DAMASCUS - Syrians voted in a parliamentary election on Monday termed by authorities as a milestone of political reform.
State television channels aired footage from polling centers across the country, showing people ticking boxes on ballot papers and slipping them into plastic boxes
The Syrian streets, press, websites and social media reflected the flurry of the electoral propaganda, stopped at 7:00 a.m. on Sunday, which helped introduce the candidates, their platforms and statements to the electorate, SANA reported.
The political parties, trends and powers and independent candidates are taking part in the elections with electoral rolls, alliances or independently under a judicial supervision that ensures fairness, freedom and democracy for the electorate in choosing their representatives.
The Syrians hope that the elections will chart the future of Syria as the ballot box will reveal the popular support for the candidates regardless of their political or party affiliations.
Chairman of Higher Committee for Elections, Judge Khalaf al-Azzawi, said on Monday that voting was proceeding normally and quietly.
In a statement to SANA during a tour of voting centers in Damascus, al-Azzawi said that there were some minor remarks that were made in some centers and that heads of elections committees were informed of them, adding that they ensured the availability of secret ink and private voting booths.
On voting in other governorates, al-Azzawi said that the Committee hasn't received any complaint, objection or remark from judicial subcommittees in governorates regarding the voting process.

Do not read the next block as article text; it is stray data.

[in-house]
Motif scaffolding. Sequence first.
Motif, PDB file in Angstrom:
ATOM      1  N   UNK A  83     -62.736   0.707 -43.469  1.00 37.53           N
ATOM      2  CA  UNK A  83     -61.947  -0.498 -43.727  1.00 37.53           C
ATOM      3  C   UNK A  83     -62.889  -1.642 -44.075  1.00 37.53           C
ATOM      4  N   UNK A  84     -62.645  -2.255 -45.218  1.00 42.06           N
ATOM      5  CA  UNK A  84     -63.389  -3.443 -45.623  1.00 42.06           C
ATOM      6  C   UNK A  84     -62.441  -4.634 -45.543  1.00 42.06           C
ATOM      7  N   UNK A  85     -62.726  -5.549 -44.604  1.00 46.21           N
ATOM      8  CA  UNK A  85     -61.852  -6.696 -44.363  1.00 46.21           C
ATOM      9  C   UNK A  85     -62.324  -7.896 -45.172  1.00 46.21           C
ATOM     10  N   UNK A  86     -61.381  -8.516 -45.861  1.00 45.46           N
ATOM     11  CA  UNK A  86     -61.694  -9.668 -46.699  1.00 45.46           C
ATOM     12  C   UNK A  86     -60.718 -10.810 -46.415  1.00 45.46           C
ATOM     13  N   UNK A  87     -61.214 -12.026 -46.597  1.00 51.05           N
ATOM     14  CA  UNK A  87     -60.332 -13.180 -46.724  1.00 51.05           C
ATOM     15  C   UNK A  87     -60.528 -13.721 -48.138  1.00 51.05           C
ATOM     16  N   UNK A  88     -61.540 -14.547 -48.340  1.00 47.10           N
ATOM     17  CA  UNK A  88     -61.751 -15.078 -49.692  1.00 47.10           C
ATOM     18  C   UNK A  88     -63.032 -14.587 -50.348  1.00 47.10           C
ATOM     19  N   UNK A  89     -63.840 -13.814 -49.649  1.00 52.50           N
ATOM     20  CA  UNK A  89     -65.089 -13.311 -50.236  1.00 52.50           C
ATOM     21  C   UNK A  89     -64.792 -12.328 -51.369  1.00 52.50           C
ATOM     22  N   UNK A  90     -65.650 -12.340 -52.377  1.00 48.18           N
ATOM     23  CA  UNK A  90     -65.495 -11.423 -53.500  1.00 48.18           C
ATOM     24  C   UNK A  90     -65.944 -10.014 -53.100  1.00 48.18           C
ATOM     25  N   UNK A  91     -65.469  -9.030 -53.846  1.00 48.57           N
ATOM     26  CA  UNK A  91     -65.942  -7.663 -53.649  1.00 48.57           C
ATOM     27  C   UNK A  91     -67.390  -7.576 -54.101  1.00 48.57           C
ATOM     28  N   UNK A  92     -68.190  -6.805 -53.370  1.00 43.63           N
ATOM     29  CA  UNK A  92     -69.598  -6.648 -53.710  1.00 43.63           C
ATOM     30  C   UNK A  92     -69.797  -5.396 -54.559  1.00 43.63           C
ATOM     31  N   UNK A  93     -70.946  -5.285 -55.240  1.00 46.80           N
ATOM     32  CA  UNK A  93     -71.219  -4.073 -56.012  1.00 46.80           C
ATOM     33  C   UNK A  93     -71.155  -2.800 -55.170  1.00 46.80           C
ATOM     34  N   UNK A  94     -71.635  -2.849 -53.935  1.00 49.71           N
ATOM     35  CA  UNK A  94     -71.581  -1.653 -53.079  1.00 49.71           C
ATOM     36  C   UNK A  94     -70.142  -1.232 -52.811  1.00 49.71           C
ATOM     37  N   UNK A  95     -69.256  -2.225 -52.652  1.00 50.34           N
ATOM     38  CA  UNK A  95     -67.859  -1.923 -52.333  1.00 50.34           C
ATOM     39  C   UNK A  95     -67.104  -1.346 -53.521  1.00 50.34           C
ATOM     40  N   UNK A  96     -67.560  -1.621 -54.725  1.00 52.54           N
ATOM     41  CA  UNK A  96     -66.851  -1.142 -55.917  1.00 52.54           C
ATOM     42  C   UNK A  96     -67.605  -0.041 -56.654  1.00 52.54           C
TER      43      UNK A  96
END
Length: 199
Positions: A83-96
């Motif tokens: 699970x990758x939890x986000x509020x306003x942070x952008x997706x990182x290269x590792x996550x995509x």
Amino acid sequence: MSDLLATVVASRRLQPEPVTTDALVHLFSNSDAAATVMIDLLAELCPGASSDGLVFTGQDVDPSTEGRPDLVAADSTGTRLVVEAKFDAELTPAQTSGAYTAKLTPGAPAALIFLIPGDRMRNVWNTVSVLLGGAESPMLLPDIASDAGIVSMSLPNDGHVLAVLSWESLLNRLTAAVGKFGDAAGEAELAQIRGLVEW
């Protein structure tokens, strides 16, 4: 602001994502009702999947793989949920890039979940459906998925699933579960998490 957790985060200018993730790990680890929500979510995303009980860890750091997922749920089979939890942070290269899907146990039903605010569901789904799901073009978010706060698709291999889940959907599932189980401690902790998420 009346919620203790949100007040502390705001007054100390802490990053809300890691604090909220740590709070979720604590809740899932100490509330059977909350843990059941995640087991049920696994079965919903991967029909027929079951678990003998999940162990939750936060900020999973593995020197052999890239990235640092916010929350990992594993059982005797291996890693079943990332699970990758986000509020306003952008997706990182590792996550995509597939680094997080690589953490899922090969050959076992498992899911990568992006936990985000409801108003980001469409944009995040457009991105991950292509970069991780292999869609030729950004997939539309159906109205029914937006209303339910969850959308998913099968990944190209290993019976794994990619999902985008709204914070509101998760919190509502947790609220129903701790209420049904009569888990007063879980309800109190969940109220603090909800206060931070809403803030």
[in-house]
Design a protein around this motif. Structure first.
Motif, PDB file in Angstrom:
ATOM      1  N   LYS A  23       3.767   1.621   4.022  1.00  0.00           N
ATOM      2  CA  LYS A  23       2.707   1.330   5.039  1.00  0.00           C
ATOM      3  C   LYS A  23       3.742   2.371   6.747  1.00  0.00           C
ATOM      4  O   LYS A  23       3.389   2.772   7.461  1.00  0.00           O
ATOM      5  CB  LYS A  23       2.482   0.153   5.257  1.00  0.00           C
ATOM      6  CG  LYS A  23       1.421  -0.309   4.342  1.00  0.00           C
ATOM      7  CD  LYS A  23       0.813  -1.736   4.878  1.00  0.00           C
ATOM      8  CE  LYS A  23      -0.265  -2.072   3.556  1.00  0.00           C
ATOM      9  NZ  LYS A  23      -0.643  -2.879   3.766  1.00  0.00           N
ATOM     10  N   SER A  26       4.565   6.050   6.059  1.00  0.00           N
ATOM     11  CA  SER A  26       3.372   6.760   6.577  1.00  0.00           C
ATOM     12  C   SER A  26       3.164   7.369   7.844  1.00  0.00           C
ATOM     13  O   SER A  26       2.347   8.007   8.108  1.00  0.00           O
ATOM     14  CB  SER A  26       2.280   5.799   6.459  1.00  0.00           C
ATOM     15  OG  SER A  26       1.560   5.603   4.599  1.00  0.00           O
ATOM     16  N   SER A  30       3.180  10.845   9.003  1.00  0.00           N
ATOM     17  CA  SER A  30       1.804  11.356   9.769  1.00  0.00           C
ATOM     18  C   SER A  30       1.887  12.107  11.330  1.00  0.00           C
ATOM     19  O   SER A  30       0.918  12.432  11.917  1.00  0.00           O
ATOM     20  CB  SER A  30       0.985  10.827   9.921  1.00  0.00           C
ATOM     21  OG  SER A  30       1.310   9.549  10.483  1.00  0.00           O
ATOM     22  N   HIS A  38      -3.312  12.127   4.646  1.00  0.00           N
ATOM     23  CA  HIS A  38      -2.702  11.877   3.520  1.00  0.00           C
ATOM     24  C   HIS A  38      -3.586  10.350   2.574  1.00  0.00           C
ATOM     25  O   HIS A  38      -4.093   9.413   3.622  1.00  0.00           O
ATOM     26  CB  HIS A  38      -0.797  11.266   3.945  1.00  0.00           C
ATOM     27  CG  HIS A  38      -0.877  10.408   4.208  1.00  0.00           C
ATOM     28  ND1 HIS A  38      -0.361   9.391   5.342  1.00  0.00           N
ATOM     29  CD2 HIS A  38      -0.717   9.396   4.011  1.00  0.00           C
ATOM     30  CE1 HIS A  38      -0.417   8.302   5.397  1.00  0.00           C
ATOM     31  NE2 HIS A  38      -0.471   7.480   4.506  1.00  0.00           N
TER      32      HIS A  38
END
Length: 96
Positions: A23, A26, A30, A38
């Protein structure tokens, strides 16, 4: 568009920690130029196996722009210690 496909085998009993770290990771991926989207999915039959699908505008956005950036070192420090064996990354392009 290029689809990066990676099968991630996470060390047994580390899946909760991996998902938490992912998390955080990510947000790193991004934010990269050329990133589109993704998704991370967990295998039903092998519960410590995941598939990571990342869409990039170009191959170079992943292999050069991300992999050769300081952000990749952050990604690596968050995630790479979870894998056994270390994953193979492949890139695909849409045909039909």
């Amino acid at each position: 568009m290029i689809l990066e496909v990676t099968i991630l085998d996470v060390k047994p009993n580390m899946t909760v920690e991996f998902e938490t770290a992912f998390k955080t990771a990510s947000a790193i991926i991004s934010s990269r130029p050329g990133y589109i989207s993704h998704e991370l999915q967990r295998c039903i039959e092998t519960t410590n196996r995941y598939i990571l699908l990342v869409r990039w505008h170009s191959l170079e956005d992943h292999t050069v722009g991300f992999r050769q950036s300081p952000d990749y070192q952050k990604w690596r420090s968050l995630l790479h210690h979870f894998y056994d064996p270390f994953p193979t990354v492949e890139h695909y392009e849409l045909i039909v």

In turn, Interior Minister Mohammad Ibrahim al-Shaar affirmed that voting is proceeding normally, with voting centers witnessing considerable turnout, adding that there are no problems so far with the exception of some minor things that usually occur in elections.
Speaker of People's Assembly Mahomud al-Abrash said that the elections came as an actual implementation of party and political pluralism stated in the new constitution.
He added that the increasing turnout stresses the Syrians' desire to continue the reform process led by President Bashar al-Assad to build a renewed Syria.
In a statement to the journalists at the voting center at the Ministry of Foreign Affairs, Prime Minister Adel Safar said that the legislative elections mark an important and historic stage in Syria which is moving forward with the announced comprehensive reform program despite all conspiracies to hinder the development process.
He added that the elections helped enhance the principles of parliamentary life in the country, indicating that the People's Assembly will have a pivotal role in monitoring the government's performance.
The elections are part of the reforms promised by Syrian President Bashar al-Assad.
About 90 percent of the Syrians approved a new constitution in a referendum held on February 26.
The new constitution excludes Article 8, which declared the ruling Ba’ath Party as the “leader of the state and society,” establishes a multiparty system in Syria and limits the presidential term to two seven-year periods.
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